Twenty-five aerial surveys were completed over 37 years (1972–2009). In addition to the difference in flight pattern, the average temperature, snow depth, observer experience, parea (distance flown), aircraft speed, altitude and timing of the survey varied among years, and all were poorly to moderately correlated with year (Table 1). In the principal components analysis of speed and altitude, the first principal component explained 85.7% of the variation among surveys and was negatively correlated with both speed (r2 = 0.86) and altitude (r2 = 0.86).
|Mean temp (°C)||−17||−6||−10.8||2.9||−0.37||20||−1.78||0.09|
|Snow depth (cm)||26||97||51.2||19.9||0.01||19||0.063||0.95|
|Observer experience (yr)||0||3||1.1||0.8||0.48||20||2.42||0.025a|
|Julian start date||−29||77||43||21.1||−0.04||20||−0.17||0.87|
The most parsimonious model using population estimates included year, the speed/altitude index, and distance: caribou declined by 3.7%/year (estimate = − 0.037, SE = 0.007, t17 = − 5.71, P < 0.001; Fig. Fig. 2). Population estimates were higher when less distance was flown (estimate = −0.001, SE = 0.0003, t17 = −3.03, P = 0.002) and at higher speeds and altitudes (estimate = 0.15, SE = 0.05, t17 = 3.1, P = 0.002). All plausible models (ΔAICc < 7; Burnham and Anderson 2002) included year (Table 2). Temperature, crew experience, and snow depth were included in at least one of the other plausible models.
|Dependent variable||Model structure||k||Deviance||AICc||ΔAICc|
|Population estimates||Year + SpAlt + Distance||3||13.5||99.2||0.0|
|Year + SpAlt + CrewExp + Distance||4||10.7||100.4||1.3|
|Year + SpAlt + Distance + Temp||4||11.7||101.4||2.2|
|Year + SpAlt + CrewExp + Distance + Temp||5||8.1||102.8||3.6|
|Year + CrewExp + Distance + Temp||4||13.7||103.4||4.3|
|Year + SpAlt + CrewExp||3||18.5||104.1||4.9|
|Year + SpAlt + CrewExp + Distance + Snow||5||10.3||105.0||5.9|
|Year + SpAlt + Distance + Temp + Snow||5||11.3||106.0||6.9|
|Calf:100 females||Year + Distance||2||1,577.3||136.6||0.0|
|Year + Distance + Snow||3||1,381.1||138.5||1.9|
|Year + Snow||2||1,792.9||138.8||2.2|
|Year + Distance + Temp||3||1,555.2||140.5||3.9|
|Distance + Snow||2||2,080.2||141.3||4.7|
|Year + Distance + Temp + Snow||4||1,284.5||142.2||5.6|
|Year + Temp + Snow||3||1,778.6||142.8||6.2|
|Year + SpAlt + Distance + Snow||4||1,367.3||143.2||6.6|
|Year + CrewExp||2||2,876.0||160.2||3.0|
|Year + Pattern||2||2,518.5||161.4||4.3|
|Year + CrewExp + JulianStart||3||2,875.4||163.9||6.8|
For the calf:female ratio, 73% of plausible models included year. The model with the lowest AICc included year and distance (Table 2). The calf:female ratio declined over time (estimate = −0.047, SE = 0.022, t = −2.17, P = 0.046; Fig. Fig. 2) but did not change with the distance surveyed (estimate = −0.001, SE = 0.0008, t = −1.18, P = 0.25). For the duration of the surveys, the mean number ± SE of calves was 10.7 ± 2.1, though no calves were observed from 2003 to 2009. Snow depth, temperature, and the speed/altitude index were also included in at least one other plausible model.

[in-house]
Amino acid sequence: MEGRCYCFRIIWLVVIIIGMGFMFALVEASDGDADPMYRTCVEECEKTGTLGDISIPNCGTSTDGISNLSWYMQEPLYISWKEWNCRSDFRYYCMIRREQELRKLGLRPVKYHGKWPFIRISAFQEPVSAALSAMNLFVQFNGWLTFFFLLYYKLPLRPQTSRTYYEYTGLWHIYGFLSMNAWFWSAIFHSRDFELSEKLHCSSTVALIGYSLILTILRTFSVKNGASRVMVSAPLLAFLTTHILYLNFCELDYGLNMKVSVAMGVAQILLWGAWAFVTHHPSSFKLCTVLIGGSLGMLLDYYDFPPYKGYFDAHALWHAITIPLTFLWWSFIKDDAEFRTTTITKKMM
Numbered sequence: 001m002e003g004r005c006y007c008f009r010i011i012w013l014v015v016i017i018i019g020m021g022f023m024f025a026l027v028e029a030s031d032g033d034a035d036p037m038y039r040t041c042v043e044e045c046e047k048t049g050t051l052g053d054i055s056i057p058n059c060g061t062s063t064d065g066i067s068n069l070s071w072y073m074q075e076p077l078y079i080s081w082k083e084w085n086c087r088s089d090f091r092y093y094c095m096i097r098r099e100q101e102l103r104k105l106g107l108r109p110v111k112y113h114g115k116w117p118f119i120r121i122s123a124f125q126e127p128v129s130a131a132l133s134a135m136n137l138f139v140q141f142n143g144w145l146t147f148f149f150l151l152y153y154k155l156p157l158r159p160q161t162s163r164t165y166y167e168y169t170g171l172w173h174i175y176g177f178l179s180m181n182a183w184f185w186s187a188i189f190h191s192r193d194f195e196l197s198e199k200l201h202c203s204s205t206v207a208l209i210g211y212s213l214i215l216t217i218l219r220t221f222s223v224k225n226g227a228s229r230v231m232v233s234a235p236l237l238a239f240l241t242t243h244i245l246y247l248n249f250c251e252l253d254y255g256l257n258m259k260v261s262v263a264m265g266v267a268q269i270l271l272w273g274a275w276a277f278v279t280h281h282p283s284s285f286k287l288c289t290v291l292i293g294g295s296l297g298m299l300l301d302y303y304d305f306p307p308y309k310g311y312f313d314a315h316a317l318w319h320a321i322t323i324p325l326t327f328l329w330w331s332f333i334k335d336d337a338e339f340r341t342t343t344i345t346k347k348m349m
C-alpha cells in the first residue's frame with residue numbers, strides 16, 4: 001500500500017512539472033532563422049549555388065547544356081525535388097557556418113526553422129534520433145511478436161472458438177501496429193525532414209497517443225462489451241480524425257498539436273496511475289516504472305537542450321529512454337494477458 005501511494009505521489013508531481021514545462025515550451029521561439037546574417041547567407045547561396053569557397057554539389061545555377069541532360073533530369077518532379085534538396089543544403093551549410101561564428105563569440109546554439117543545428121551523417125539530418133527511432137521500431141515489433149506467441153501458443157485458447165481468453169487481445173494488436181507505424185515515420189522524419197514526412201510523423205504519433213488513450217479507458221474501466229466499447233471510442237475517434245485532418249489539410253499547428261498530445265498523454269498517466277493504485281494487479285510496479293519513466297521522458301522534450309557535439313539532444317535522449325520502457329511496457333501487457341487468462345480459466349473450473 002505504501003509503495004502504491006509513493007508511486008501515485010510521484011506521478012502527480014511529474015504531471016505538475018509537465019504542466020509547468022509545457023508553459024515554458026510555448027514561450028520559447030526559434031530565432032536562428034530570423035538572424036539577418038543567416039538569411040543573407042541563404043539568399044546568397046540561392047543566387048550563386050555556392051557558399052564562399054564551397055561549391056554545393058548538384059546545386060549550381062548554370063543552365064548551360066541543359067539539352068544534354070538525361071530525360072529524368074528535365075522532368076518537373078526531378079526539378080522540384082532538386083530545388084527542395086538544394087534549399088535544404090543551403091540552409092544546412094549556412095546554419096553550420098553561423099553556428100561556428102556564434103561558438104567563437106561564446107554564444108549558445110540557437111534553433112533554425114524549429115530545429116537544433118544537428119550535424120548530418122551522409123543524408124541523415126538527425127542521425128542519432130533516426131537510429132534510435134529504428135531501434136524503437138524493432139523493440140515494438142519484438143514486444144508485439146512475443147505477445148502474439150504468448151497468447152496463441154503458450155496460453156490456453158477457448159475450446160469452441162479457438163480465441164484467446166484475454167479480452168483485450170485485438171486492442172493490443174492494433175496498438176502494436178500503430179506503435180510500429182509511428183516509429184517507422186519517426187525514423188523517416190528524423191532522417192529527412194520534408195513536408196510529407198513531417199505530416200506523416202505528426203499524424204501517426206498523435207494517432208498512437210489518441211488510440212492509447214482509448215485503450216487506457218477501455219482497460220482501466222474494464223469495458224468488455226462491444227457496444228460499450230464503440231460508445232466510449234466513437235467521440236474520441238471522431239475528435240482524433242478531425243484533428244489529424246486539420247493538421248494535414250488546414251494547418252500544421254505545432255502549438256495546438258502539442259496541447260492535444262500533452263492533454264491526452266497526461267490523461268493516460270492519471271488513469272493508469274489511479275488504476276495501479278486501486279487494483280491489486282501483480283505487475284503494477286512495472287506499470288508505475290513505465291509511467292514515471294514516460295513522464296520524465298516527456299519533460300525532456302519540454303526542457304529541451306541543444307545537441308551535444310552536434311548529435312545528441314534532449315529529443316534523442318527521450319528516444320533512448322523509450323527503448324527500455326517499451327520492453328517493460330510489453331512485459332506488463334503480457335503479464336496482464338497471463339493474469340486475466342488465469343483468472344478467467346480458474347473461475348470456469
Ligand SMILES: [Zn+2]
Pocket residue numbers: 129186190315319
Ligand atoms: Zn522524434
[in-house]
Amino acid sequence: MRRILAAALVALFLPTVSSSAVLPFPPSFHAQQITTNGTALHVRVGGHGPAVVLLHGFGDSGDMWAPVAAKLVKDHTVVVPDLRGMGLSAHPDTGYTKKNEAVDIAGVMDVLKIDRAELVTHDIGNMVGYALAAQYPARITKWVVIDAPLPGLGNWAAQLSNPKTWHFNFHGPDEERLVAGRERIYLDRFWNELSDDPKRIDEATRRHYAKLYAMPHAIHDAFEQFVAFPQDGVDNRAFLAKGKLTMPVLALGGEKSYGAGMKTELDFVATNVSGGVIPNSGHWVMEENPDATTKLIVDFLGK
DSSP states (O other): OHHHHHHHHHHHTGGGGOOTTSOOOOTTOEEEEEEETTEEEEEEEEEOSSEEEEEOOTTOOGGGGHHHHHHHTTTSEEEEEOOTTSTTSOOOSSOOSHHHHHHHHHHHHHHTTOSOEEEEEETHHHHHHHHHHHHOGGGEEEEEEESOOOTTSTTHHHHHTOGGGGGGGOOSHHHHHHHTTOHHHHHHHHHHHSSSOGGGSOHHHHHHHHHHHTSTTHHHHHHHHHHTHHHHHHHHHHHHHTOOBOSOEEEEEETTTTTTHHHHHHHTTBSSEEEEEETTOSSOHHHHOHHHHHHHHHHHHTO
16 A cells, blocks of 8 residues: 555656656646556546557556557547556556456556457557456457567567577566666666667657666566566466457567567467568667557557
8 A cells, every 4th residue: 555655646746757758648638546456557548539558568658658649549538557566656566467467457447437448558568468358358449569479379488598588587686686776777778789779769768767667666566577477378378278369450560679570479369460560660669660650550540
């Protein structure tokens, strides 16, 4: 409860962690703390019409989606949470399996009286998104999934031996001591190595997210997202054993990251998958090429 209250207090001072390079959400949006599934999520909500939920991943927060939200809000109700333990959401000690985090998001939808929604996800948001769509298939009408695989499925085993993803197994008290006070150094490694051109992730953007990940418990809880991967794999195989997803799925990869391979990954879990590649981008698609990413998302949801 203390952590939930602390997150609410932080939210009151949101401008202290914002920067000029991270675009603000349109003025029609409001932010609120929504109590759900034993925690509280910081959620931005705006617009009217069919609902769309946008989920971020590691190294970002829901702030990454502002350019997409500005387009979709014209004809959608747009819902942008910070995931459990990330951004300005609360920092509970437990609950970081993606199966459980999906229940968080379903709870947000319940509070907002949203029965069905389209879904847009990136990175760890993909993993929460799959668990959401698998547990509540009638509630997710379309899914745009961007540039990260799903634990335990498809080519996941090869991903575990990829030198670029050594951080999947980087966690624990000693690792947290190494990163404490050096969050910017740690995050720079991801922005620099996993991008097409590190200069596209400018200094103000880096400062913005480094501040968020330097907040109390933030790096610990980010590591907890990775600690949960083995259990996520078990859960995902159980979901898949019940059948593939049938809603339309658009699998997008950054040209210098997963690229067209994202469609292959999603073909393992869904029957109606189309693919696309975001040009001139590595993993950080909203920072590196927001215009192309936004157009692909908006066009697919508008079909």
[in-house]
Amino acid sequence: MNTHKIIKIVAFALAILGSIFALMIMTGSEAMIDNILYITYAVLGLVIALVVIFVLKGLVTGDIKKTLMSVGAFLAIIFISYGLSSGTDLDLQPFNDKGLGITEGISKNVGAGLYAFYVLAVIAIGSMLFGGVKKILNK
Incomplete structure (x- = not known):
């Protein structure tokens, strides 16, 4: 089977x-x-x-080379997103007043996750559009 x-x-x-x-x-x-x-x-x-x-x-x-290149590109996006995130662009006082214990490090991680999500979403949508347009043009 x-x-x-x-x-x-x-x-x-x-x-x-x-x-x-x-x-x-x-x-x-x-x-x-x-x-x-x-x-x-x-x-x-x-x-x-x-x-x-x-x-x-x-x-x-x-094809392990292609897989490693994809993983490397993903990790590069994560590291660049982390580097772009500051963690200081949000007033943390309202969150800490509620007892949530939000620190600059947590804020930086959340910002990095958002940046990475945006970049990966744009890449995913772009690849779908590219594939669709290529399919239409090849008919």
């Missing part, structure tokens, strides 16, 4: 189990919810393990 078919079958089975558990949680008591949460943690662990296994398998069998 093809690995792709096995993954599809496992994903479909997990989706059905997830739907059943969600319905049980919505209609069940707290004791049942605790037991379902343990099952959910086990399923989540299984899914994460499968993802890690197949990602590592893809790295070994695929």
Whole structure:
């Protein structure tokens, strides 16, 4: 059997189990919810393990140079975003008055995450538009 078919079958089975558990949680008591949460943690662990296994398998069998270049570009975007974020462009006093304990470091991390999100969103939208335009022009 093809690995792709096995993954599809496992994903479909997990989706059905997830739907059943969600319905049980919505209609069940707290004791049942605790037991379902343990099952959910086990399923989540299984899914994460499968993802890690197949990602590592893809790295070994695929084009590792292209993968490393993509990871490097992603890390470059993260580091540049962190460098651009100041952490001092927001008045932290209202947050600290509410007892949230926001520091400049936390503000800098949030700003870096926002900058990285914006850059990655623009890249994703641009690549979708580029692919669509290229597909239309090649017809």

The size of the winter range of caribou within Pukaskwa NP shrank in the 1990s and 2000s, concentrating around Oiseau Bay and Otter Cove (Fig. Fig. 3). Of the plausible models, 80% included year as an explanatory variable (Table 2). The model with the lowest AICc only included year as an independent variable. Year explained 33.6% of the variation in range size given the generalized additive model parameters (r2 = 0.28, generalized cross validation score = 134.2, F = 4.07, estimated degrees of freedom = 2.01, estimated residual degrees of freedom = 2.52, P = 0.02). From the generalized additive model analysis, range size appeared to be stable initially and then to begin declining in the late 1980s. The break during this time period occurred at 1987 (r2 = 0.38, F[3,21] = 4.63, P = 0.02; Fig. Fig. 4) and the winter range size declined for 22 years thereafter at a rate of 1.51 km/year (F[1,10] = 6.013, P = 0.03). Crew experience, flight pattern, and Julian start date were included in at least one of the other plausible models.
Despite inconsistencies in survey methodology over the span of this study, there is substantial evidence indicating there has been a temporal decline in the Pukaskwa NP caribou population. Population estimates have declined over time, recruitment has been consistently below the viability threshold and at zero for the past decade, and the winter range size has been reduced. Since 1974, the annual rate of decline, based on the population estimate, has been 3.7%/year.
Detectability in aerial surveys can range from 26.0% (Farnell and Gauthier 1988) to 80.0% (Thomas 1998) and may be affected by factors such as vegetation cover (Thomas 1998), type of aircraft (Fleming and Tracey 2008), observer experience (Thomas 1998), time of day and year (VanderWal et al. 2011), altitude (Shupe and Beasom 1987, Graham and Bell 1989), speed (Hone 1986, Shupe and Beasom 1987), temperature (Bleich et al. 2001), and group size (Samuel and Pollock 1981). In the most parsimonious model in this study, only the speed/altitude index and the distance flown affected the population estimates. Higher population estimates occurred in surveys conducted at higher average speeds and altitudes. This contrasts with findings that higher speeds and altitudes cause observers to miss animals (Caughley 1974, Shupe and Beasom 1987, Graham and Bell 1989). However, as altitude increases, the number of items obscuring target animals and the required eye movement both decrease, which could increase detectability (Caughley 1974). Alternatively, caribou may alter their behavior with varying flight altitude and speed as a response to noise disturbance (Reimers and Colman 2006), thereby altering their probability of detection. Population estimates also decreased with distance flown (parea), which might indicate a trade-off between effort and observer fatigue (Reilly and van Hensbergen 2002). If the minimum distance flown was sufficient to detect most visible animals, and observers missed relatively more animals later in long surveys because of fatigue, then counts may have been lower than expected in longer surveys. It is also possible that observers covered a greater distance in relatively low caribou years before the standardization of the protocol, hoping to find more animals. Based on these results, future research using aerial survey techniques should be cognizant that speed, altitude, and total distance flown may affect the ability of observers to detect animals; however, this does not imply that other survey parameters should not be considered in an analysis of aerial survey results. In fact, nearly every parameter considered was included in at least one of the plausible models for population estimates, calf:female ratios, and/or winter range size. This underlines the importance of recording all information during a survey that could influence the results, to change these parameters as little as possible, and to include them in analysis.